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5/1/2012 - May 2012 SLI Educational Update - Is Refining of the Alabama Immigration Law Good for Religious Freedom? - Part II

AN EDUCATIONAL UPDATE FROM

THE SOUTHEAST LAW INSTITUTE™, INC.

 

 

To:                  SLI Supporters                                  

 Date:               May 2012  

From:              A. Eric Johnston

Re:                  Is Refining of the Alabama Immigration Law Good for Religious Freedom? – Part II

Since last year, our comments on Alabama’s immigration law have been numerous.  Probably, we have spent more time working on this single issue, than on any other.  Our concern is not for the immigration issue, but for how the law affects or does not affect religious freedom in Alabama.

Seldom does a legislative enactment intend to directly affect religious freedom or issues.  An example of one that deals directly with the religious issue would be a bill in the Alabama Legislature which would permit the posting of the Ten Commandments in public places.  That is an obvious intention of the legislature to deal with religion.  More often, it is the collateral effect of a law that touches on religious freedom.  That is the case with the immigration law.

 As we have explained in past Educational Updates[1], the original HB56 did not have anything in it about religion.  There were efforts to lobby an exception into the legislation, but those did not pass.  Ultimately, we believe that was for the best.  After HB56 was passed, a federal district court threw out the lawsuit of churches that the law burdened religious freedom.  We agreed with that finding based on the U.S. and Alabama Constitutions’ religious freedom protections. 

 Notwithstanding these events, when the immigration law was placed back into the legislative process for amendments[2], HB658, some advocates wanted religious exceptions.  The first was one suggested by the Attorney General.  It mirrored federal law about permitting an undocumented alien to be a missionary to a church or religious organization in the United States.  We commented on that in January preceding the legislative session, insisting it was not a wise move.[3]  That provision was removed from the bill. 

However, in its place, another onerous provision appeared which purported to protect religious freedom.  The part of the law which was of concern to churches is Section 31-13-13, 1975 Code of Alabama, which deals with harboring and transporting aliens.  Churches were concerned this might keep them from doing valid ministry.  They believe the remedy for this, which is currently proposed in the bill, is:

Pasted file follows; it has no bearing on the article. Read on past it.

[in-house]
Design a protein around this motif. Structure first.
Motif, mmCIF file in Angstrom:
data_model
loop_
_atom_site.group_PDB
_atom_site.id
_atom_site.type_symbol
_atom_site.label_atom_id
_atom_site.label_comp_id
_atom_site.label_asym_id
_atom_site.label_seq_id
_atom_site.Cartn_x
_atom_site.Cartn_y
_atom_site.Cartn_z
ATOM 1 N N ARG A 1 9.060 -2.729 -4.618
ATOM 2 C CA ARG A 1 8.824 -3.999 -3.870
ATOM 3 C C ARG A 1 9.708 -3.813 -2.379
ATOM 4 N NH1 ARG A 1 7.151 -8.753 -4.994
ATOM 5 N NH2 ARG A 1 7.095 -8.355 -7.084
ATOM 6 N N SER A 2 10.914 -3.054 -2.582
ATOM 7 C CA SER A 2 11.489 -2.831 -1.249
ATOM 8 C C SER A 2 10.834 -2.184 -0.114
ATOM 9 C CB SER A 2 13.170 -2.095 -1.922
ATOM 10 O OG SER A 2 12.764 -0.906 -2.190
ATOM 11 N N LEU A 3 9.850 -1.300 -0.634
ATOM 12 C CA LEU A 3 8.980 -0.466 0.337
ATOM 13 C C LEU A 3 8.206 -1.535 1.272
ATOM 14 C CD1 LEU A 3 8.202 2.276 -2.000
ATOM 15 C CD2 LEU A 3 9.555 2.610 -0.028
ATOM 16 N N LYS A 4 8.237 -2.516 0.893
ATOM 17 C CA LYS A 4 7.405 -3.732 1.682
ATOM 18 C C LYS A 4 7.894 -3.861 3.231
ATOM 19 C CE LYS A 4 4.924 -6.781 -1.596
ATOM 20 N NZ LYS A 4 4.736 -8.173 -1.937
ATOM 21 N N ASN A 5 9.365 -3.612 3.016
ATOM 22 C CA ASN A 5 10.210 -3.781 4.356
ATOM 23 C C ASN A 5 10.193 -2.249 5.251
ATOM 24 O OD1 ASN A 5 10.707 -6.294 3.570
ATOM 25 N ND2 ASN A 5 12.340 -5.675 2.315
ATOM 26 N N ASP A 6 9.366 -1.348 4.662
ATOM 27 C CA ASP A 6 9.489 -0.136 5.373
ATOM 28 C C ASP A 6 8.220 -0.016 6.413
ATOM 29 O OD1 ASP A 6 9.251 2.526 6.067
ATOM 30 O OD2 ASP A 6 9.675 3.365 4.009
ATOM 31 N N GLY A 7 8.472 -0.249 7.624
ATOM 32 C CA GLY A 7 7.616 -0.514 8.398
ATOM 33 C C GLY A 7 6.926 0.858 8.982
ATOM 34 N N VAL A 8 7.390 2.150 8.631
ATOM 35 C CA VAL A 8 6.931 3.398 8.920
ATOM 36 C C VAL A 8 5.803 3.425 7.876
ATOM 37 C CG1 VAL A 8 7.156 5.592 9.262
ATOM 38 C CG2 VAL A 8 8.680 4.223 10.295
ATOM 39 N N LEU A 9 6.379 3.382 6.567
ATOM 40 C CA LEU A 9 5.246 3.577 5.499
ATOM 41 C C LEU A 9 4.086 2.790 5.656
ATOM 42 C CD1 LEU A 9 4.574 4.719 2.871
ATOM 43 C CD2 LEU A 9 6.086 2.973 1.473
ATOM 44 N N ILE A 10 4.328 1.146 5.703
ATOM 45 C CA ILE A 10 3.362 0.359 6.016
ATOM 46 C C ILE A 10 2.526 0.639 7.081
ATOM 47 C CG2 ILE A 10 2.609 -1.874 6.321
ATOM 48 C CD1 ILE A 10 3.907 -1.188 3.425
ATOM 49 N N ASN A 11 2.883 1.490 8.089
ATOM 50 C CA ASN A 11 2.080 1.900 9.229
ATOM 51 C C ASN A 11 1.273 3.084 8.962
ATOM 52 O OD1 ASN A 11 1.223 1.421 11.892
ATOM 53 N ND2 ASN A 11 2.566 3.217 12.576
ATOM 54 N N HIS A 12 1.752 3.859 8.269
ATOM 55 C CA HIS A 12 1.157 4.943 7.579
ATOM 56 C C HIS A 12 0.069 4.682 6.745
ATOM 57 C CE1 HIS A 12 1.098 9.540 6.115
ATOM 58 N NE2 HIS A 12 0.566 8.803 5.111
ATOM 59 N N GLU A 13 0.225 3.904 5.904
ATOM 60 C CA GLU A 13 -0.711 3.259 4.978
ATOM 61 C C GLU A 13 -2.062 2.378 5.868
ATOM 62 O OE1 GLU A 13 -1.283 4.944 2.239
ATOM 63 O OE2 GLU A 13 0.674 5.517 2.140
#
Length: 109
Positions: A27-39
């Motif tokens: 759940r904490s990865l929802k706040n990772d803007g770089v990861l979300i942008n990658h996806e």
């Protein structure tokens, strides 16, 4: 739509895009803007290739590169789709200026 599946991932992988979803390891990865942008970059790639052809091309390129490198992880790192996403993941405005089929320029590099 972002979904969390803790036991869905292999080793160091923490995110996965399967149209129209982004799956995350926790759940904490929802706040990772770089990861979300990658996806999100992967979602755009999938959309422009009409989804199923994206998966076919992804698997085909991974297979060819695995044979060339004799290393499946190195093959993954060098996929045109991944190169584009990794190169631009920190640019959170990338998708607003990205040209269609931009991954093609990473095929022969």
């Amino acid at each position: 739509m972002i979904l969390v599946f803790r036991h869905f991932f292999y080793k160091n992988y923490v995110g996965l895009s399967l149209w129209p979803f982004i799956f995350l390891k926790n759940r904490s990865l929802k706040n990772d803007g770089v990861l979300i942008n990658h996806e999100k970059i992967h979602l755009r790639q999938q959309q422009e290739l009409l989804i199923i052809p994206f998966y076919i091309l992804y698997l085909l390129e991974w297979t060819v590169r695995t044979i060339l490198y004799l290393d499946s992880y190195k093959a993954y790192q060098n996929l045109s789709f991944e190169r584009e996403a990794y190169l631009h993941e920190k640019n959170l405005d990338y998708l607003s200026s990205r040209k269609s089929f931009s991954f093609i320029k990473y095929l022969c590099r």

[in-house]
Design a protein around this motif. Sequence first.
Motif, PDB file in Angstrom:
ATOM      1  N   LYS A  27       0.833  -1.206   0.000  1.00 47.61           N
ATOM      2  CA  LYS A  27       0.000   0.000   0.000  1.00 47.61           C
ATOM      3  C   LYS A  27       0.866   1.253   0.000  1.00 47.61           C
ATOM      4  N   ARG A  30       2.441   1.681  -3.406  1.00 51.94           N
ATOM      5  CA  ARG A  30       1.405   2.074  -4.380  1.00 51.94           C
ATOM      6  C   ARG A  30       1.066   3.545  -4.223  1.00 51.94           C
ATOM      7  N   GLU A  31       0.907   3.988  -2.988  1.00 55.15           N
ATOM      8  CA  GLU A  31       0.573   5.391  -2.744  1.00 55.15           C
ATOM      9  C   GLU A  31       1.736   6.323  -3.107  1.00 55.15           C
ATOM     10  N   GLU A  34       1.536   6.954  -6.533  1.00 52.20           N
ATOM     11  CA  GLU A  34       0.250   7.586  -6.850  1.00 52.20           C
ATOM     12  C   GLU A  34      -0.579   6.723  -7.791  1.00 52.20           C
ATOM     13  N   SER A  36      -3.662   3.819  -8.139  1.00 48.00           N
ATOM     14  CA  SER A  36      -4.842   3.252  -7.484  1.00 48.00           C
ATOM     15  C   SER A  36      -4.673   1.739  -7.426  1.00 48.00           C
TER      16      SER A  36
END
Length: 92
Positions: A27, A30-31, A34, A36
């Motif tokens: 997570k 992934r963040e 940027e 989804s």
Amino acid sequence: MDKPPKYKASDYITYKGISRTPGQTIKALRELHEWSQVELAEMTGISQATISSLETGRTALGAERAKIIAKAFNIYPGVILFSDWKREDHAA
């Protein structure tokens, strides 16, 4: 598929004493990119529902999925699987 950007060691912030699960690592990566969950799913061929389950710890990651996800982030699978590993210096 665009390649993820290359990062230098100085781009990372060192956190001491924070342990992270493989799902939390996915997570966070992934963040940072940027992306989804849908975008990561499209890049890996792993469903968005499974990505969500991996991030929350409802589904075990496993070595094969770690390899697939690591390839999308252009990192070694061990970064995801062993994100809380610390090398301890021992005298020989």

“Nothing in this section would prevent a church or church-affiliated organization, or an agent of officer of the church or church-affiliated organization, from ministering to or providing material goods or services to all individuals, regardless of the immigration status.”

 Obviously, this means to let churches engage in ministry activities.  However, this language protects only churches and church-affiliated organizations.  It does not protect stand-alone ministries, which are also constitutionally protected.  More importantly, the problem with this is that under our constitutions, they already have this protection.  The purpose of the immigration law is to deal with immigration and not with religion.  If a law does not mention religion or attempt in anyway to define, regulate or affect it, then it raises no concern.  However, once a law mentions religion and attempts to define, regulate or affect it in anyway, then it raises a question of the lawmaker’s intention. A simple immigration bill should deal with immigration.  It should not deal with religion.

The legislature’s two recent attempts to deal with religion in the immigration law create an argument that religion is one of the purposes of the bill.  By doing so, it raises legal issues of intent to define religious parameters of the law.  If a law limits religious freedom, as this language does, it creates a constitutional challenge.  The solution to this problem is to remove this language as well.  No religious reference should be made in the law.  If the sponsors of the legislation will not remove the offensive language quoted above, then at a minimum it should be prefaced with the following:

  “In addition to the rights, privileges and immunities protected under the United States Constitution, Amendment One, Free Exercise Clause and the Alabama Religious Freedom Amendment, Alabama Constitution, Article I, Section 3.01 . . .”

This will at least recognize that the law does not intend to regulate religion.  It recognizes that rights exist under the respective constitutional provisions.  In conclusion, churches and religious organizations do not need to be addressed in the immigration law.  It is an improper argument that was recognized by Federal Judge Sharon Blackburn in the court case hearing on HB56 and it remains an improper argument at this time. 



[1] July, September 2011 and October 2011.

[2] Amending a law currently litigated in the courts is not a wise move.  Both Attorney General Strange and bill sponsor Scott Beason have asked the amendment process stop.  Once there is a court decision on the Alabama law, after the U.S. Supreme Court decides on the Arizona law in June, we would be better informed on changes to be made.

[3] January 2012

 

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